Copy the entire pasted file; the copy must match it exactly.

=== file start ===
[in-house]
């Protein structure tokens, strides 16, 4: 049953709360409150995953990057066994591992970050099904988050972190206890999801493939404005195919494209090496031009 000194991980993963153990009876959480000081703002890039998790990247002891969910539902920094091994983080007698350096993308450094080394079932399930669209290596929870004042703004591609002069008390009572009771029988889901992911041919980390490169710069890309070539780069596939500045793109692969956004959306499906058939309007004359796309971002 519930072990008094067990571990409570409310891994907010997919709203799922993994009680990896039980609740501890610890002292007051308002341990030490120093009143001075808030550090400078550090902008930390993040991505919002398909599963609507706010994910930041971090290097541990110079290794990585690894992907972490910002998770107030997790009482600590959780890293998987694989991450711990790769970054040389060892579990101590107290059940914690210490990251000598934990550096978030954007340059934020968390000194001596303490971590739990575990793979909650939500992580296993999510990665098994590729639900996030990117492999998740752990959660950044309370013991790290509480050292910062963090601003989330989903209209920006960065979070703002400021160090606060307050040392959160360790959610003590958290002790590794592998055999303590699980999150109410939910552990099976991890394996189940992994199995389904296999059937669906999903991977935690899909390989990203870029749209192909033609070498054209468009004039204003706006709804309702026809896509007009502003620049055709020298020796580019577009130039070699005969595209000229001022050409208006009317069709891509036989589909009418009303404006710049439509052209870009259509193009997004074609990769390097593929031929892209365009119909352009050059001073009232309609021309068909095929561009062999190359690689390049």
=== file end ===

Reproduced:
[in-house]
């Protein structure tokens, strides 16, 4: 049953709360409150995953990057066994591992970050099904988050972190206890999801493939404005195919494209090496031009 000194991980993963153990009876959480000081703002890039998790990247002891969910539902920094091994983080007698350096993308450094080394079932399930669209290596929870004042703004591609002069008390009572009771029988889901992911041919980390490169710069890309070539780069596939500045793109692969956004959306499906058939309007004359796309971002 519930072990008094067990571990409570409310891994907010997919709203799922993994009680990896039980609740501890610890002292007051308002341990030490120093009143001075808030550090400078550090902008930390993040991505919002398909599963609507706010994910930041971090290097541990110079290794990585690894992907972490910002998770107030997790009482600590959780890293998987694989991450711990790769970054040389060892579990101590107290059940914690210490990251000598934990550096978030954007340059934020968390000194001596303490971590739990575990793979909650939500992580296993999510990665098994590729639900996030990117492999998740752990959660950044309370013991790290509480050292910062963090601003989330989903209209920006960065979070703002400021160090606060307050040392959160360790959610003590958290002790590794592998055999303590699980999150109410939910552990099976991890394996189940992994199995389904296999059937669906999903991977935690899909390989990203870029749209192909033609070498054209468009004039204003706006709804309702026809896509007009502003620049055709020298020796580019577009130039070699005969595209000229001022050409208006009317069709891509036989589909009418009303404006710049439509052209870009259509193009997004074609990769390097593929031929892209365009119909352009050059001073009232309609021309068909095929561009062999190359690689390049």